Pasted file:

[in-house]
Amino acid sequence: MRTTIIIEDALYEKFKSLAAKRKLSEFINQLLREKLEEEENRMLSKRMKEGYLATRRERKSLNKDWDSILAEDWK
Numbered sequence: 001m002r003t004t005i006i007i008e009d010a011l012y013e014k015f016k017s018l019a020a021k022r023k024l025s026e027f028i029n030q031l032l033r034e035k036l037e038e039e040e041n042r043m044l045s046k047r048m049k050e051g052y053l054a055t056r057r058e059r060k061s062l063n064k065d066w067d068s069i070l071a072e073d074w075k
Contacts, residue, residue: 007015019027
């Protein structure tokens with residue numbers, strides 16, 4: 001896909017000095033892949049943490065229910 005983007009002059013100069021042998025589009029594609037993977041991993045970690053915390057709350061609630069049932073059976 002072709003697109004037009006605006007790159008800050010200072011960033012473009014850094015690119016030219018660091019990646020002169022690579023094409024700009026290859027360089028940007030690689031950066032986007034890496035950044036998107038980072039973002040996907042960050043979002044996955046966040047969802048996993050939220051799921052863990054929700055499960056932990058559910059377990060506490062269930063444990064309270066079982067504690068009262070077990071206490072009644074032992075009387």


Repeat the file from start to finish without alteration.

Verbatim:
[in-house]
Amino acid sequence: MRTTIIIEDALYEKFKSLAAKRKLSEFINQLLREKLEEEENRMLSKRMKEGYLATRRERKSLNKDWDSILAEDWK
Numbered sequence: 001m002r003t004t005i006i007i008e009d010a011l012y013e014k015f016k017s018l019a020a021k022r023k024l025s026e027f028i029n030q031l032l033r034e035k036l037e038e039e040e041n042r043m044l045s046k047r048m049k050e051g052y053l054a055t056r057r058e059r060k061s062l063n064k065d066w067d068s069i070l071a072e073d074w075k
Contacts, residue, residue: 007015019027
């Protein structure tokens with residue numbers, strides 16, 4: 001896909017000095033892949049943490065229910 005983007009002059013100069021042998025589009029594609037993977041991993045970690053915390057709350061609630069049932073059976 002072709003697109004037009006605006007790159008800050010200072011960033012473009014850094015690119016030219018660091019990646020002169022690579023094409024700009026290859027360089028940007030690689031950066032986007034890496035950044036998107038980072039973002040996907042960050043979002044996955046966040047969802048996993050939220051799921052863990054929700055499960056932990058559910059377990060506490062269930063444990064309270066079982067504690068009262070077990071206490072009644074032992075009387």